Gaming Our Economies
Numerous US legislators are proposing a new tax on stock trades to slow down social-media-fueled meteors like GameStop. But such a tax would actually make things worse by prolonging the time it takes for a meteoric price rise to correct itself and reunite with reality.
SAN DIEGO – “God does not play dice with the universe,” Einstein once assured us. True. Instead, a gaggle of geeky gamers with goggles, toggles, and Robinhood-like finance apps are determining our future. Long before GameStop made headlines for its meteoric 1,700% flash and crash, and the US Congress demanded testimony from hedge fund executives (in person and by Zoom), key parts of the economy were already being gamed.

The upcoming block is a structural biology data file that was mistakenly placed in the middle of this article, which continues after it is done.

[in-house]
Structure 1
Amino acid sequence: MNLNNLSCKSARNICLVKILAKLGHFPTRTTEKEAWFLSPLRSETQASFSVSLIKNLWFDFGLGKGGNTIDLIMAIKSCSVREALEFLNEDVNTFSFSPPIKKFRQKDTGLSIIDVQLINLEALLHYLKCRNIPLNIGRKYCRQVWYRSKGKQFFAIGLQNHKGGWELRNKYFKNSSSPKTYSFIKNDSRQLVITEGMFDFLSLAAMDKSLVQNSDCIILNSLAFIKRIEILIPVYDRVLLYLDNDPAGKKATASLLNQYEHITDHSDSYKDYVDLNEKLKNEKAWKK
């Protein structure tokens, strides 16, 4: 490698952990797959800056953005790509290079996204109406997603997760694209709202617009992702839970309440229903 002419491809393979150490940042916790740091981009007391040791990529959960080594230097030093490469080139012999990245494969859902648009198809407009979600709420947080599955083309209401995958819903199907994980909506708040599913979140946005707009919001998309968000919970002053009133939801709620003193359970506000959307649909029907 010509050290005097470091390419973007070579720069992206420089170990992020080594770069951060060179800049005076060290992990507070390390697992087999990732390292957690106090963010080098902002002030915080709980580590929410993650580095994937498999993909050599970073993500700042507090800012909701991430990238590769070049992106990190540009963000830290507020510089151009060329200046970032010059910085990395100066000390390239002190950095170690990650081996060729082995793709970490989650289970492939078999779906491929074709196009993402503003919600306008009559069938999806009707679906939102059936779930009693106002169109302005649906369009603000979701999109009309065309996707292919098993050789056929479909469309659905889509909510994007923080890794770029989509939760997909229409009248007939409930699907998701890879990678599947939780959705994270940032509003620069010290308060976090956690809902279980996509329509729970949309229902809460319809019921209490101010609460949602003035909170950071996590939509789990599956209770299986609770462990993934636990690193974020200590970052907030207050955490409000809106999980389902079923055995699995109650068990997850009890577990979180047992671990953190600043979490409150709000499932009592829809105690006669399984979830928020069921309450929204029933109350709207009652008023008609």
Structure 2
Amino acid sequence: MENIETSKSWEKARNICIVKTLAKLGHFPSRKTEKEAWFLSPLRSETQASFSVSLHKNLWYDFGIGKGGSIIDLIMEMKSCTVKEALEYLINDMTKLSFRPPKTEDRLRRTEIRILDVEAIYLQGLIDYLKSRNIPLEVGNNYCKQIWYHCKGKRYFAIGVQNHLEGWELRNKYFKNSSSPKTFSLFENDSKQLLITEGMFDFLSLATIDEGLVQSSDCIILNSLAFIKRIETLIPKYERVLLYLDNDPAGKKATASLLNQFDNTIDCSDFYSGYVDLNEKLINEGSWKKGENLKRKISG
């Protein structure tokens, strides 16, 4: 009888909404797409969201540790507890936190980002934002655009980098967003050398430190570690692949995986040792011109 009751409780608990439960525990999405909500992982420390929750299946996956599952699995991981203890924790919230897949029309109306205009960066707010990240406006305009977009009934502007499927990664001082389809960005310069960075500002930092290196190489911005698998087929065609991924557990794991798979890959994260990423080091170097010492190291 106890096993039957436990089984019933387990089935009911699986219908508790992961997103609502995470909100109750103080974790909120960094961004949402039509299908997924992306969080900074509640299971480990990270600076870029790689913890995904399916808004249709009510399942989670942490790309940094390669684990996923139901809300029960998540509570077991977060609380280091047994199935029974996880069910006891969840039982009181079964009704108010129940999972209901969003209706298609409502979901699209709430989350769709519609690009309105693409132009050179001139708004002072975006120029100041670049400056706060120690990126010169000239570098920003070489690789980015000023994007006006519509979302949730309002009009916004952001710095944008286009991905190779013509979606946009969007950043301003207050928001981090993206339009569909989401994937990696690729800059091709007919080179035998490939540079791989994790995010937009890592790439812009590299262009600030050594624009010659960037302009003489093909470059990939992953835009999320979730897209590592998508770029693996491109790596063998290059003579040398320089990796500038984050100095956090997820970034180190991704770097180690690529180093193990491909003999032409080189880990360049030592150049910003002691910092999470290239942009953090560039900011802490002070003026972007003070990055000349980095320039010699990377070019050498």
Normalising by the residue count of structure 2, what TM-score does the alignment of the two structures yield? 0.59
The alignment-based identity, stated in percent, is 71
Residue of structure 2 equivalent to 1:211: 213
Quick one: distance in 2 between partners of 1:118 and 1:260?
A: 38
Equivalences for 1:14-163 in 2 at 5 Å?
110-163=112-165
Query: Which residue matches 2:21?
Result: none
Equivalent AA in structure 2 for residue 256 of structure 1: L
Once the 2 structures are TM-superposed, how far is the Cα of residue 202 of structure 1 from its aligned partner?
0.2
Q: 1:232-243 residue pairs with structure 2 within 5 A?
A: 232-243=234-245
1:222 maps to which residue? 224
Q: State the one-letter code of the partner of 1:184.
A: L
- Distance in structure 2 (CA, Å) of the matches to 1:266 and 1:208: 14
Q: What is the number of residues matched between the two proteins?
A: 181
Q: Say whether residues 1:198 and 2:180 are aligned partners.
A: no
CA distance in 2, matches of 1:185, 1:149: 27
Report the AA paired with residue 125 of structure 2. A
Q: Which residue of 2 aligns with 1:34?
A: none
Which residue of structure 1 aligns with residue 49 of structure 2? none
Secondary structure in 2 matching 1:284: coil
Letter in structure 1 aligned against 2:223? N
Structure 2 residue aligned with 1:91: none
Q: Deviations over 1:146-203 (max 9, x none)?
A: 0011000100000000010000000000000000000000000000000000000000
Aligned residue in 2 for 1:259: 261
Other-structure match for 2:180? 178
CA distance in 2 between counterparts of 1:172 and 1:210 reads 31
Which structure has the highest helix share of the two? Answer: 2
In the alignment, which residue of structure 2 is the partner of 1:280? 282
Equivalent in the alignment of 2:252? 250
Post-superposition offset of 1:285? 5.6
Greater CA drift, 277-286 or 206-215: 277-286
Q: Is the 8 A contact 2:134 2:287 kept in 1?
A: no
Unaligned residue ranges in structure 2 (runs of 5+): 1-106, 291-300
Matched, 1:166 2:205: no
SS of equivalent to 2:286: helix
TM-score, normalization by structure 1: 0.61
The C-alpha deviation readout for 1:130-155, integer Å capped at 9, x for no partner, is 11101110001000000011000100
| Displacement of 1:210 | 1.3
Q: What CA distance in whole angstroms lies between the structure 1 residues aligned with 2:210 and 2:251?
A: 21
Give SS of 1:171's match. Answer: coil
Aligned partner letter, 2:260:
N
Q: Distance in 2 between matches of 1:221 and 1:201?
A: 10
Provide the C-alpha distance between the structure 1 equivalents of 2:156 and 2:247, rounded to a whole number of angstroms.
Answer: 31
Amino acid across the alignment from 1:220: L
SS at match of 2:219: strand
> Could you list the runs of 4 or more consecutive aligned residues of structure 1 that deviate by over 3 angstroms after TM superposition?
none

Now, numerous US legislators are proposing a new tax on stock trades to slow down social-media-fueled meteors like GameStop and AMC theaters (whose share price suddenly quadrupled). US Senator Bernie Sanders calls his bill the “Inclusive Prosperity Act.”
John Maynard Keynes and his Yale disciple James Tobin floated the idea of a financial transactions tax long ago. President Joe Biden should resist the urge to pursue it, because such a tax would inflict more pain on small investors, rather than add sanity to stock markets. It would prolong, to use another Einstein phrase, “spooky action at a distance.”